An Aberdeen man accused of far-right related terrorism offences is said to have told police officers he had the materials to make “weapons of mass destruction,” a court on the first day of the trial.

In evidence at Edinburgh High Court, police officers described not initially taking the threats of 29-year-old Richard Smith seriously due to his intoxicated state.

The court heard from PC Joanne Smith, who described how Mr Smith made their threats whilst receiving medical attention for a head injury on September 21, 2019 – with the jury learning that police found the 29-year-old was bleeding from their head and mouth before regaining consciousness.

PC Smith spoke of their belligerence and abuse and, whilst not under arrest, had been placed in handcuffs for the safety of himself and emergency workers.

She told the court: “He said he had chemicals in his home that he could use to make weapons of mass destruction and bombs,” adding that he threatened to bomb police stations and their vehicles and spoke of apparent military background, along with claims of being able to build a functional gun from their urine.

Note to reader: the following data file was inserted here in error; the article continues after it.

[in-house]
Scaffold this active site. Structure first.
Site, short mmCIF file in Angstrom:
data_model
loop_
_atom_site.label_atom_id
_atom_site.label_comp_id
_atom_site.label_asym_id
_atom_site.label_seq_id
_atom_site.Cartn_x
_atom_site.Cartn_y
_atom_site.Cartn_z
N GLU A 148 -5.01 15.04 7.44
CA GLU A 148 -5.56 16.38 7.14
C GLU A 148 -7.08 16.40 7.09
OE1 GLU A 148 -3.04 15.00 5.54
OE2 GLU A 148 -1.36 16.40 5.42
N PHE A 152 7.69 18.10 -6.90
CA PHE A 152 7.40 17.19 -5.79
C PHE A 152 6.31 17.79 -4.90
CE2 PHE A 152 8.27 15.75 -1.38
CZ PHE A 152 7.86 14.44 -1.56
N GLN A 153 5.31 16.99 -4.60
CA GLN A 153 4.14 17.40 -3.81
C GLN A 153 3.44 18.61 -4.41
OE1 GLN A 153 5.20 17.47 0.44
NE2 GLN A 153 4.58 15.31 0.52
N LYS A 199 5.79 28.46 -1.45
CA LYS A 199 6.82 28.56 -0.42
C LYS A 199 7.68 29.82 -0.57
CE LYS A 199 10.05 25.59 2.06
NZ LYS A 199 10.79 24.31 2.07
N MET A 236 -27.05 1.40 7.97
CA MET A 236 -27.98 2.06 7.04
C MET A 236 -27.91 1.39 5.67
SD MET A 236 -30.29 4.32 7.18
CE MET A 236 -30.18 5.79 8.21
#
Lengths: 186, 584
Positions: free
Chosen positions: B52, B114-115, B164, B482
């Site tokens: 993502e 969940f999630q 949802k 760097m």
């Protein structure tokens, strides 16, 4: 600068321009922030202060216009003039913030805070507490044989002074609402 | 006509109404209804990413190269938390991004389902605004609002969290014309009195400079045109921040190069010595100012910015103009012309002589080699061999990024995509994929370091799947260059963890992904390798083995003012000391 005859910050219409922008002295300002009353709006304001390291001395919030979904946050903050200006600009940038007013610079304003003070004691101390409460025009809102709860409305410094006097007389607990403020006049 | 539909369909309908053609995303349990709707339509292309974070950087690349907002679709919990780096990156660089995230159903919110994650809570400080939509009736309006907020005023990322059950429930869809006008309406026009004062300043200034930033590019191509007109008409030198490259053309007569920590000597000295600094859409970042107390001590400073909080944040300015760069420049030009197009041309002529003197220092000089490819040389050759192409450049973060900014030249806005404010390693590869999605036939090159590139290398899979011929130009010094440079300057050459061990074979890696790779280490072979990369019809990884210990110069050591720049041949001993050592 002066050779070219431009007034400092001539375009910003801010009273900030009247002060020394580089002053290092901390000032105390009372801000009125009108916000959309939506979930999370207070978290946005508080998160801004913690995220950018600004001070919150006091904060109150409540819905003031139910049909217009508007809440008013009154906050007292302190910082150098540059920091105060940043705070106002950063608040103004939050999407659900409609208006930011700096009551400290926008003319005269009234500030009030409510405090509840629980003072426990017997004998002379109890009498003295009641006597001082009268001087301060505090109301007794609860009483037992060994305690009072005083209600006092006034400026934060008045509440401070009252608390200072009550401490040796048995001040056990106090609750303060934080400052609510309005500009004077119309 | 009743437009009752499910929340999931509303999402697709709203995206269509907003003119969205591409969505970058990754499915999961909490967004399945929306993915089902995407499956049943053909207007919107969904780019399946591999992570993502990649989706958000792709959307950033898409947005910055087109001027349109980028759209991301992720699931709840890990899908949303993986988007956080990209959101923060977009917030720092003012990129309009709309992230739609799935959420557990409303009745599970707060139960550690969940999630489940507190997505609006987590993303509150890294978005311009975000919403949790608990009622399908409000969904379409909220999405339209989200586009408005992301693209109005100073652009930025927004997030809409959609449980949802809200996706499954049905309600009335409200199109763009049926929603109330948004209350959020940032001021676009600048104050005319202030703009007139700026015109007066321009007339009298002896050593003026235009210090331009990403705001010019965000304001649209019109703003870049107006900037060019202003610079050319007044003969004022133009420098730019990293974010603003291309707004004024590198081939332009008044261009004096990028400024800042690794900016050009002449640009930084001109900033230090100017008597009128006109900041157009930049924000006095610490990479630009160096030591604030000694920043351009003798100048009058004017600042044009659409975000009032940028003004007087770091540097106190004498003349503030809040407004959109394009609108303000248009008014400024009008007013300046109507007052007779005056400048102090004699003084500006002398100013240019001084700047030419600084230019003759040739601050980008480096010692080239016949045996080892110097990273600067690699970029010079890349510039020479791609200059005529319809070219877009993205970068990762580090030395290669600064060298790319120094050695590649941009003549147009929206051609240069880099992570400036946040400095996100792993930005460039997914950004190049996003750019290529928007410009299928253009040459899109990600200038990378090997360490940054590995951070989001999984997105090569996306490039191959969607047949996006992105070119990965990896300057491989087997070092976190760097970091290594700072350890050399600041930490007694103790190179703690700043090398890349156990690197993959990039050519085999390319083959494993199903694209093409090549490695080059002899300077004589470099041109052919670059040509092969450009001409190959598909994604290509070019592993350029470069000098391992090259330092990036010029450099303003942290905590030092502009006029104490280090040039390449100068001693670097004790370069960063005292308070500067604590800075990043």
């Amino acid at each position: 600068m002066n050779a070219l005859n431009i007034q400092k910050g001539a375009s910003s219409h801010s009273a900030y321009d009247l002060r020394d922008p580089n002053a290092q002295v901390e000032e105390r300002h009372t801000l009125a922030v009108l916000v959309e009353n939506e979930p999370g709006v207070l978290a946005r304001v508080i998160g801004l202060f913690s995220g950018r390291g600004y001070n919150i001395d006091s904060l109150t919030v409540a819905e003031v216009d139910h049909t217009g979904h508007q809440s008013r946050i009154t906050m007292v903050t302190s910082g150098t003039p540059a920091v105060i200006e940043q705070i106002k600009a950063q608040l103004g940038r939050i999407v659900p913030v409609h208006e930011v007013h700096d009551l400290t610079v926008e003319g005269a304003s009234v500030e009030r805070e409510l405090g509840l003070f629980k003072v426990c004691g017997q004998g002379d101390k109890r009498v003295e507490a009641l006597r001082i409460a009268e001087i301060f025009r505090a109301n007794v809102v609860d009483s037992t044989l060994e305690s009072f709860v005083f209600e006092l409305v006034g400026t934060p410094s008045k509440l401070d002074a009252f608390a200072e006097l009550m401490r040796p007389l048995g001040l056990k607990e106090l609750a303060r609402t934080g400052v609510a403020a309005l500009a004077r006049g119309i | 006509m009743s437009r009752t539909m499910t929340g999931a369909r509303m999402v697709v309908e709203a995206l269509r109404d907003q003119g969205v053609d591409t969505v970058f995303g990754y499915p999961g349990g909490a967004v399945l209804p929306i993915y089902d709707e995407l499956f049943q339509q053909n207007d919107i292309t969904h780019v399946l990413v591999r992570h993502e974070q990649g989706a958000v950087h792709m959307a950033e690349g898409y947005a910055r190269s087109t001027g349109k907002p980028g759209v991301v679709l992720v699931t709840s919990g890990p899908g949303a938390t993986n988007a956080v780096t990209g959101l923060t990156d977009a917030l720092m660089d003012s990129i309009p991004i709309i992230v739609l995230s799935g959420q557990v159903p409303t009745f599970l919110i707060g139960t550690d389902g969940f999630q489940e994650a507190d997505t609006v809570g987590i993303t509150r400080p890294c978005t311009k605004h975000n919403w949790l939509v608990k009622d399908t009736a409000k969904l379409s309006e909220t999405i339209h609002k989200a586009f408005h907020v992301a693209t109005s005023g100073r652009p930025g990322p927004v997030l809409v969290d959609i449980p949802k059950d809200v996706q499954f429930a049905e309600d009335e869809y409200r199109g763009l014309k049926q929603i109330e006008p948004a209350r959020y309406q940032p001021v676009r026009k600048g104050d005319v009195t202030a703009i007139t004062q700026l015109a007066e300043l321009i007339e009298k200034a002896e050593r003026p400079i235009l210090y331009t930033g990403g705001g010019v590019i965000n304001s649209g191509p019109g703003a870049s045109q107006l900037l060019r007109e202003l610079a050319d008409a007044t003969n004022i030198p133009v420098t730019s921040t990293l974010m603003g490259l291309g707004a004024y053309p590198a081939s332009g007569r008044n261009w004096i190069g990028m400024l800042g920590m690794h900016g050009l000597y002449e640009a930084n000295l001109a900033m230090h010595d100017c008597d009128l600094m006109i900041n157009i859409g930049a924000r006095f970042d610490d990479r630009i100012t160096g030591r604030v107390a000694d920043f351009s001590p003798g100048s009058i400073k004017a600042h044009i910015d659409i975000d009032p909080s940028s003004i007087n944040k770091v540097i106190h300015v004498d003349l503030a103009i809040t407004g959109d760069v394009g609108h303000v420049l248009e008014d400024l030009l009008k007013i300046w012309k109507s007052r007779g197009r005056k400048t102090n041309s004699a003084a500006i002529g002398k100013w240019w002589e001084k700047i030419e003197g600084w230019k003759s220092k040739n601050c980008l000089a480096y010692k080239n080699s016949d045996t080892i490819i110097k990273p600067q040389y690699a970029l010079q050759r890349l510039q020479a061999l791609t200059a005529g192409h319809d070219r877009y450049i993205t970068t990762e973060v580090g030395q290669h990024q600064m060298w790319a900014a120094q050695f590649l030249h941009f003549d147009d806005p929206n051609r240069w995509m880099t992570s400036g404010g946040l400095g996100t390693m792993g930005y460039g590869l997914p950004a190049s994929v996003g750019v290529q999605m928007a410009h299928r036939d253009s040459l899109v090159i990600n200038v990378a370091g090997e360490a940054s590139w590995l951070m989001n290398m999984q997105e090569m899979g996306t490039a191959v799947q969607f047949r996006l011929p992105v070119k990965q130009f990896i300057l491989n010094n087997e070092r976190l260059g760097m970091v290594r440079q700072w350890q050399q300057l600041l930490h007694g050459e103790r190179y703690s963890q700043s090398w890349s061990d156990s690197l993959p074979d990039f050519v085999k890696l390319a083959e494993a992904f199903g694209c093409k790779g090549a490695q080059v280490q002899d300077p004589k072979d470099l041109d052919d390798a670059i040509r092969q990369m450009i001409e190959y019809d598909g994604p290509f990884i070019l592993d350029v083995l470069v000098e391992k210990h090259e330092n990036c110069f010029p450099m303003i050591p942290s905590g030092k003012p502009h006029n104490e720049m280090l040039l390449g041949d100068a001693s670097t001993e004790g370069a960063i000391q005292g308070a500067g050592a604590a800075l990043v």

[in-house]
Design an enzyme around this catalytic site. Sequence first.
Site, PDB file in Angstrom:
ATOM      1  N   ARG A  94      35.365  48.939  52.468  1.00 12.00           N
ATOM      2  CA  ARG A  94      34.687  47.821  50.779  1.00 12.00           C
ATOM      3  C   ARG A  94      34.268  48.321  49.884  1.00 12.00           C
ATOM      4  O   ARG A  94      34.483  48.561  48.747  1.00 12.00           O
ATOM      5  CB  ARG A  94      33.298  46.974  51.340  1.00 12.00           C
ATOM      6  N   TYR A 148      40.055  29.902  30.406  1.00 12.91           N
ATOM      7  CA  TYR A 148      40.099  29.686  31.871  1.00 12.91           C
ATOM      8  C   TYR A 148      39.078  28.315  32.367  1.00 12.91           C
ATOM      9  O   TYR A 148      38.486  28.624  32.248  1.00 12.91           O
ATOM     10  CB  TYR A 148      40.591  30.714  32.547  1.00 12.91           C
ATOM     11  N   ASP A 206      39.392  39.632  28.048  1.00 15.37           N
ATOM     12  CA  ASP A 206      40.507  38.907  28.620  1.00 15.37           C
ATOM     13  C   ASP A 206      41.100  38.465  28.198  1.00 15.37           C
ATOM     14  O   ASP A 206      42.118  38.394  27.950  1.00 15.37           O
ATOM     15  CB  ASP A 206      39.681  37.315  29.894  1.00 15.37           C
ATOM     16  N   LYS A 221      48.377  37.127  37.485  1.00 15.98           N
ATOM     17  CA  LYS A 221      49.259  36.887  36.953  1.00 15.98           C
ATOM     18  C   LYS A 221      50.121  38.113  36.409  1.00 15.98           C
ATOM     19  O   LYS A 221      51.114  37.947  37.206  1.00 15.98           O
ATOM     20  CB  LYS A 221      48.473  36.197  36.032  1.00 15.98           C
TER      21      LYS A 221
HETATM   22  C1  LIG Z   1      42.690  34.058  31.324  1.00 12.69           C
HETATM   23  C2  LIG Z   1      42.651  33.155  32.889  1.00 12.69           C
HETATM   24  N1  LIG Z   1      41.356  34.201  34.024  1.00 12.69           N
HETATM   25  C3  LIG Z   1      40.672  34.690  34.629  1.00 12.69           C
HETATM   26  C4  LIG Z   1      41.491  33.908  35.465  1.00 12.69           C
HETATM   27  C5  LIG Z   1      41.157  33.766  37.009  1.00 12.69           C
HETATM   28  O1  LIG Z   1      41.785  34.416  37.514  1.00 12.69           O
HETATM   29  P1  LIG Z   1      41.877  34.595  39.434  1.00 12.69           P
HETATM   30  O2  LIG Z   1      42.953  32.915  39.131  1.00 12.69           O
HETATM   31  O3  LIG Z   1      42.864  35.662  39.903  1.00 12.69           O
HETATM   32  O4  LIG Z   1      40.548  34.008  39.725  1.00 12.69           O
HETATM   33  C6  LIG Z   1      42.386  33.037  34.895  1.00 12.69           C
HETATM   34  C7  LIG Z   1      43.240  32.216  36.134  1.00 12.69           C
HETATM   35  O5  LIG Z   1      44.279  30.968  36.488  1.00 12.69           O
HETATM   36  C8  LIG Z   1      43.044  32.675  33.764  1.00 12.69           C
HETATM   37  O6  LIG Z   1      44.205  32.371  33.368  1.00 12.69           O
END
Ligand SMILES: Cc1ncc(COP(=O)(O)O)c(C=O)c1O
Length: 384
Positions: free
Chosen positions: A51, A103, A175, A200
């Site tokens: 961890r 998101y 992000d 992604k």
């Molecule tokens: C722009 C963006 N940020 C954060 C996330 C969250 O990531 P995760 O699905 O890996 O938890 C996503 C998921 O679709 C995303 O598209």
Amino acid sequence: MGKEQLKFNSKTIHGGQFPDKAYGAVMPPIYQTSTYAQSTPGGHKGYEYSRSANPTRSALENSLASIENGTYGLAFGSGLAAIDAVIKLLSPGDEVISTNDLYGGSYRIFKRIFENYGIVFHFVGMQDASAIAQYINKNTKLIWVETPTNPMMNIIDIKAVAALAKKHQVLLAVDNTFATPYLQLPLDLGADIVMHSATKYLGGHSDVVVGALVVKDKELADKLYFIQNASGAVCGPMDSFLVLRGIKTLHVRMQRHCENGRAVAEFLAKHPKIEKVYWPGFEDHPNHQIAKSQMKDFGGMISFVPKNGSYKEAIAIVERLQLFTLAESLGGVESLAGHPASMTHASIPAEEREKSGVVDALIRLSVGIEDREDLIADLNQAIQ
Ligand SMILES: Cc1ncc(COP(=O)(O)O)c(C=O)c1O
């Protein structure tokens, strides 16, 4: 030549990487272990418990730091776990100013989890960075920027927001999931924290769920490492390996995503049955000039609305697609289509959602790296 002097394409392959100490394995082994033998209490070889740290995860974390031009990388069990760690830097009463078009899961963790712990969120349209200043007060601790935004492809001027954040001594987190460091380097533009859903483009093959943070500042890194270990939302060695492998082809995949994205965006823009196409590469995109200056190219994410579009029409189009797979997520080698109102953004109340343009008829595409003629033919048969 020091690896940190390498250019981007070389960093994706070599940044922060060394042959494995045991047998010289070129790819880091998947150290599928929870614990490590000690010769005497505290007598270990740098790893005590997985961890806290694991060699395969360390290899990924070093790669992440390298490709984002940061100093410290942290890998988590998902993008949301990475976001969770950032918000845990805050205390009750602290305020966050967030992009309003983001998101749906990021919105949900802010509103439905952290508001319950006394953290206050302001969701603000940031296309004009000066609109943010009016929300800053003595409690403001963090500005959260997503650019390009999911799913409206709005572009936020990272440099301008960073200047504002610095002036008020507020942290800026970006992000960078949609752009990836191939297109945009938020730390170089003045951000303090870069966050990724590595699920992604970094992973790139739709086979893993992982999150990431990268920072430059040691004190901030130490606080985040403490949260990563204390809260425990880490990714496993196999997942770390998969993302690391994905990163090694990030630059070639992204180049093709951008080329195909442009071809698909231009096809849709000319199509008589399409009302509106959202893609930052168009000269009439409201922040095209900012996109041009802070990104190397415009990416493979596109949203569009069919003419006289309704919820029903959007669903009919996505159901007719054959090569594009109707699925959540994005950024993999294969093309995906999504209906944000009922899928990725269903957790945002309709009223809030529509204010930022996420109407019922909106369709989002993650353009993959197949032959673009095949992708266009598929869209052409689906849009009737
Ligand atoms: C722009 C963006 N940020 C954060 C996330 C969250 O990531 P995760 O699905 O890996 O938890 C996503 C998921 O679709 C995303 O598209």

In evidence to the court on Tuesday, the BBC reported that the accused’s uncle, also called Richard Smith, received a WhatsApp message: “The Muslims must die” on October 8, 2019.

When asked about the nature of the message, he told the court: “It was just something that it was his sense of humour sort of thing,” as reported in the Press and Journal.

News of the arrest made headlines back in December 2020.

The prosecution claims that Smith had produced or “knowingly” possessed “explosive substances” across various locations in Aberdeen between October 19, 2018, and November 13, 2019.

The 29-year-old denies charges under the Terrorism Acts of 2000 and 2006 and offences concerning the Explosive Substances Act and the Poisons Act.

Smith also stands accused of possessing racist, anti-Muslim and neo-Nazi documents alongside accusations that he had documents about manufacturing explosive substances, improvised detonators, and IEDs (improvised explosive devices).

Other documents alleged to have been recovered by the police include survivalist, combat and resistance techniques, manufacturing guns and other weapons, and guides for the practice of guerilla warfare.

Other accusations against him include the alleged manufacture of chemical and biological agents.

The trial continues.